President Barack Obama jumped into the immigration debate on Wednesday, releasing a report touting economic benefits from reforms and meeting with Hispanic lawmakers, as House of Representatives Republicans gathered to try to craft their response.
The release of the White House report signaled a new outspokenness by Obama, who made immigration a top legislative priority but stayed on the sidelines of the debate that raged in the Senate in May and June. The report said passing reforms would grow the economy by 3.3 percent by 2023 and reduce the deficit by almost $850 billion over 20 years.
Obama also was scheduled to meet with the Congressional Hispanic Caucus as he launches an offensive to pressure hesitant Republicans in the House of Representatives to act on comprehensive immigration legislation this year.
Meanwhile, House Speaker John Boehner invited all 233 of his fellow House Republicans in his chamber to a two-hour meeting on Wednesday to discuss the bipartisan Senate bill that would give legal status to around 11 million undocumented residents and eventually allow them to apply for U.S. citizenship.
Boehner knows he will have a tough time convincing conservatives that the Senate approach is anything but amnesty for people who have broken the law after entering the United States illegally or overstaying their visas.
According to one House aide, Republican leaders will listen to ideas from members on how to proceed. The main question for now, the aide said, was whether any narrow immigration bill should be put to a vote by the full House before the August recess, when lawmakers will be home, facing their constituents.
Previewing Wednesday's meeting, Boehner told reporters on Tuesday that he would pursue a “step-by-step approach” to immigration and “the first big step is you have to have a serious border security” plan.
The comprehensive Senate-passed bill contained tough security measures with $46 billion in spending over 10 years to place 20,000 more agents at the U.S. border with Mexico and buy high-tech surveillance equipment.
Nevertheless, only 14 of the Senate's 46 Republicans voted for the bill and many House Republicans complain that the 11 million illegal residents would be mainstreamed into American society before the southwestern border is fully secured.
Last November's presidential election, in which Obama captured more than 70 percent of the growing Hispanic vote, was a wake-up call to Republican leaders that their party must do more to appeal to minorities.
Former President George W. Bush, who failed to pass a comprehensive immigration bill when he was in office, on Wednesday said that he hoped there would be a “positive resolution” to Congress's immigration debate.
Speaking in Dallas at a naturalization ceremony hosted by The Bush Center, the two-term Republican president did not endorse any specific bill, but said, “We have a problem. The laws governing the immigration system aren't working ... the system is broken.”
The call for comprehensive reform resonates with some Republican senators, who have to run in statewide elections, and with some prospective Republican presidential candidates.
But it is much less of an incentive for House Republicans, many of whom fear conservative Tea Party challenges if they back a pathway to citizenship for the 11 million, a core demand of Obama and his fellow Democrats.
According to a recent study by the nonpartisan Cook Political Report, which tracks congressional races, only 24 of the 234 House Republicans represent districts that are more than 25 percent Hispanic.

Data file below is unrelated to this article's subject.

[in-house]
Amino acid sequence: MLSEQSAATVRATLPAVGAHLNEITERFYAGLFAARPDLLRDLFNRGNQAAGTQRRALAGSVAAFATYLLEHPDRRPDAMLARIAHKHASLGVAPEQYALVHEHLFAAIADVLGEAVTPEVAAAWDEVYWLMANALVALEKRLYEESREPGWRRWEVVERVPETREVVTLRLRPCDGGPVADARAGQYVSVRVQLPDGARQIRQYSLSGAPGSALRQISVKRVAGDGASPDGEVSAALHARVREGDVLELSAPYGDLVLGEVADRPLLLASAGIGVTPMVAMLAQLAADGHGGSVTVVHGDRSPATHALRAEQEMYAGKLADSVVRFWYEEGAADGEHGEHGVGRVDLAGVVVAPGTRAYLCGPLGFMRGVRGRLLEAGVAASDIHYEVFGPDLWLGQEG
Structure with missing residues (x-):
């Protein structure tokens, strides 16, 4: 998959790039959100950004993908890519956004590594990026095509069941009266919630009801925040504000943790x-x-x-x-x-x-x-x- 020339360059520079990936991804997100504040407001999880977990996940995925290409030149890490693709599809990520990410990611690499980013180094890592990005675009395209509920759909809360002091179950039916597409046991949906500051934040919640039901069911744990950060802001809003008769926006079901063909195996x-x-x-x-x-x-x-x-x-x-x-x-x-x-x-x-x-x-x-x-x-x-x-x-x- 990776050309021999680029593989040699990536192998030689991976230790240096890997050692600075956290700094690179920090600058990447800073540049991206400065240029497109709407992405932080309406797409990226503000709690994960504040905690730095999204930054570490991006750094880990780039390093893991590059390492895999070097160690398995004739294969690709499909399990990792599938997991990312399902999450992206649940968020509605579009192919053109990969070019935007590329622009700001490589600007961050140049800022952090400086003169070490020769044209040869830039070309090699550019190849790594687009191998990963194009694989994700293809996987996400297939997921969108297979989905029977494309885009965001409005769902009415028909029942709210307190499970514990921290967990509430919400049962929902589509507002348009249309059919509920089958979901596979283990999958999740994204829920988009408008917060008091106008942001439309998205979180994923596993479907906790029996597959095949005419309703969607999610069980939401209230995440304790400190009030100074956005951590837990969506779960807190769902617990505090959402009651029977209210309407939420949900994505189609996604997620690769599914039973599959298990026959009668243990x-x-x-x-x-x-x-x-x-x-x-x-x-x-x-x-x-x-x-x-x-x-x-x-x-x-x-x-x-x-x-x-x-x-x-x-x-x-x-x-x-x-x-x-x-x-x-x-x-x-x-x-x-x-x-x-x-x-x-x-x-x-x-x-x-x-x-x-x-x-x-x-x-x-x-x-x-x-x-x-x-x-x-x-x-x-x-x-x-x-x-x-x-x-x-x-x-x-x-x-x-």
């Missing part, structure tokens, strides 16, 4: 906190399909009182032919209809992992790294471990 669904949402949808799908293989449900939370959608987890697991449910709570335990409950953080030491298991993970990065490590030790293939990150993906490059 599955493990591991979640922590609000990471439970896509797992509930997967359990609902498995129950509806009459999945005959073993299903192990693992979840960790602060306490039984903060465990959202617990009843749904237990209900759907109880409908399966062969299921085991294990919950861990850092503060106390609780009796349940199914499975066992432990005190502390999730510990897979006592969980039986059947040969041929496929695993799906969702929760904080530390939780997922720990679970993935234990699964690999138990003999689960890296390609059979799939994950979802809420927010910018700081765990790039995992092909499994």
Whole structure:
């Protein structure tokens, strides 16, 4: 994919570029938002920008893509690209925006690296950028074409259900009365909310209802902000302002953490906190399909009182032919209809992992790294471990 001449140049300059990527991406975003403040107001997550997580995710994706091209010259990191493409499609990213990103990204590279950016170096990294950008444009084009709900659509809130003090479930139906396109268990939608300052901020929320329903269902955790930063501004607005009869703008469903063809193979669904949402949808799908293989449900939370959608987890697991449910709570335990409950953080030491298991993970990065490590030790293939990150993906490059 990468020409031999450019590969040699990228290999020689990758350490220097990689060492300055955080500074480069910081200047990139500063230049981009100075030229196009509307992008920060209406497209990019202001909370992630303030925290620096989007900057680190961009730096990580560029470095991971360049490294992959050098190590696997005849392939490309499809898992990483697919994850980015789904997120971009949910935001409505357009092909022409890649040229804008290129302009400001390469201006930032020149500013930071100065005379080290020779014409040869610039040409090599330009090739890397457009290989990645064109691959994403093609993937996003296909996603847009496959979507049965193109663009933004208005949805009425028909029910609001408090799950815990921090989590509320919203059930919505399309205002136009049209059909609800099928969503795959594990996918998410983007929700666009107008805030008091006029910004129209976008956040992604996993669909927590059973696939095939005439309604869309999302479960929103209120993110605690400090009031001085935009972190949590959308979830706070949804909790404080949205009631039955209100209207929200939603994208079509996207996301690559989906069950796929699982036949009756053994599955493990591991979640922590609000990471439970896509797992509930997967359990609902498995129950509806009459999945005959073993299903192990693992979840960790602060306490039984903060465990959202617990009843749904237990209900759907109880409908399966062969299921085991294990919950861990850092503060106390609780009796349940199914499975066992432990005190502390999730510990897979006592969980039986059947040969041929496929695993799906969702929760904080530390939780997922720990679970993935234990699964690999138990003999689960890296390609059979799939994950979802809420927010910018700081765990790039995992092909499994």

The study found that 148 of the Republican-held districts are less than 10 percent Hispanic, and another 62 are between 10 percent to 25 percent Hispanic.
David Wasserman, who conducted the Cook study, said most House Republicans believe they could defeat a Democratic challenger in the general election.
“But they don't know if they will face a Republican primary challenge if they vote for an immigration bill backed by the president,” he said.
Republican Representative Steve Scalise of Louisiana, who heads a large group of House conservatives, told reporters: “In the House, we plan on addressing border security front and center. It has got to be the main component of anything that is done on immigration.”
The House Homeland Security Committee has approved a border security bill that could be considered as a stand-alone immigration measure on the House floor.
It would direct the Department of Homeland Security to develop and implement a plan to control the entire southwestern border within five years and be able to catch or turn back 90 percent of illegal entries.
Meanwhile, the House Judiciary Committee has produced four targeted bills, which also could see action in the House. They include a tough measure aimed at finding and punishing those living in the United States illegally and another to help U.S. high-tech firms hire more skilled labor from abroad.
For many House Republicans, support for a comprehensive bill with the pathway to citizenship is tepid at best.
Passing such legislation is “not urgent,” said Representative James Lankford of Oklahoma, a member of the House Republican leadership team.
“If we run out of time at the end of the year, I don't think we push it. This is a problem that has festered for decades,” he added.
Even with such ambivalence, House Republican leaders still leave open the door to crafting some sort of proposal that would end the deportation threat for many of the 11 million, allowing them to openly seek work in the United States and potentially become American citizens, much like the Senate bill.
Boehner, asked about a bipartisan House plan, not yet unveiled, that would establish a 15-year pathway to citizenship, said, “Frankly, I think that they have done a lot of good work.”